Each week, the three religious studies students gather in their professor’s book-lined office to painstakingly learn the rudiments of the Hebrew language.
You might assume they chose the class because they have a Jewish faith tradition. The “faith tradition” part is correct, but not one of them is Jewish – although their professor is.
All three are learning the ancient language to better inform the understanding of their own faiths – Alyssa Lewis ’20, a devout Roman Catholic; Ridhwan Sebkhaoui ‘20, a Muslim, and Bavnouti Mansour ‘20, a Coptic Orthodox Christian. Under the instruction of Peter Zaas, Ph.D., professor of religious studies, in their twice-weekly tutorial they learn to read and write the ancient characters using texts, online sources, and a chisel pen to paper.
“This is the first time I’ve ever had a group as diverse as this study Hebrew,” said Zaas. “It is such a pleasure to teach this. This little class – all of them future educators - may change the world in ways we can’t imagine as they go on to teach others in the future. I’m impressed that they’re taking the time to study something outside their own faith traditions.”
Mansour, whose father is a priest at St. Mary St. George Coptic Orthodox Church in Albany, is a biology major (religious studies minor) who will be going to dental school this fall.
“I took this to help me better understand the Old Testament,” said Mansour. “It offers a new angle on the Scriptures, and why certain translations were made the way they were. I find it interesting how a word in Hebrew can mean two different things in English, and that impacts a translation.”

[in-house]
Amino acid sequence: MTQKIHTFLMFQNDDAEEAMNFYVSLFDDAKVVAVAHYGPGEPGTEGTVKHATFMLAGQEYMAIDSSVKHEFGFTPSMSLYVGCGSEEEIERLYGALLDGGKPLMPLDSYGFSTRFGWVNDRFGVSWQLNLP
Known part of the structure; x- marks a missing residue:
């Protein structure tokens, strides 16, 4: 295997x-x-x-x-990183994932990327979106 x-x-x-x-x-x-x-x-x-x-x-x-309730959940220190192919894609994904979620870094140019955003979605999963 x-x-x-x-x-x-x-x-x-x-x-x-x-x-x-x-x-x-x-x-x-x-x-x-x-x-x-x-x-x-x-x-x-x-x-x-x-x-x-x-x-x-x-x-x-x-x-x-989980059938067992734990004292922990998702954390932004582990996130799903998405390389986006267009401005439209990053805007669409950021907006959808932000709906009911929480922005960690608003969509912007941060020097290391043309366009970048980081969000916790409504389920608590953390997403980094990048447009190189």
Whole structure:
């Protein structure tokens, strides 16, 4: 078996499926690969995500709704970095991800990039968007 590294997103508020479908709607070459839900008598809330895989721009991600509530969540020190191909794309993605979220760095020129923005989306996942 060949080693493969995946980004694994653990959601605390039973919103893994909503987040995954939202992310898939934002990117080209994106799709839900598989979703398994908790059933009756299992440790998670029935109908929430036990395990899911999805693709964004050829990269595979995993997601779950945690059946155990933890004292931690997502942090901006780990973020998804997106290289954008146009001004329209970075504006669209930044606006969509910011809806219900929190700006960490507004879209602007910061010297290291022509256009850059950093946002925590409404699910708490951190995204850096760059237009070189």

Sebkhaoui and Mansour are both native Arabic speakers, and since Arabic and Hebrew have roots in the same Semitic language family and read right to left, they had a bit of a head start. Sebkhaoui calls Hebrew a “close uncle” of Arabic, but noted that there is not enough similarity to make it a walk in the park.
“It helps me to think of the figures as symbols rather than letters,” he said. “I definitely assumed it would be closer to Arabic than it actually is, but the two languages do share some vocabulary.”
Sebkhaoui is active at the Masjid Al-Hidaya Islamic mosque and community center in Latham, teaching his young students how to read and memorize the Quran.
“My passion is to study Islam broadly, possibly in Turkey in the near future.”
Lewis, religious studies major with an education certificate who requested the Hebrew tutorial be offered, plans on a career in Catholic education. She’s already interned as a religious education teacher at St. Vincent’s Church in Albany.
“I studied Spanish before, so I have experience with learning a new language,” she said. “The process is similar – you have to take baby steps, learning new words and pronunciation, and let yourself be vulnerable in the learning process.”
An interesting note: Lewis is dyslexic, and she was curious as to how her cognitive difference would manifest itself in the study of a language that reads text in a different direction. So far, she’s finding it a little easier than reading English.
The students joked that Zaas is “very patient” with them, and he in turn is enjoying the tutorial experience.
“They’re all very motivated,” he said. “We’ll go as slowly as we need to go, but they are all really making excellent progress. It’s a pleasure to work with students who are this motivated.”
Zaas said the Religious Studies department at Siena offers a variety of ancient languages. He has tutored students in biblical, rabbinic and modern Hebrew, as well as biblical Greek. Other department faculty have offered tutorials in Latin, Arabic and Aramaic.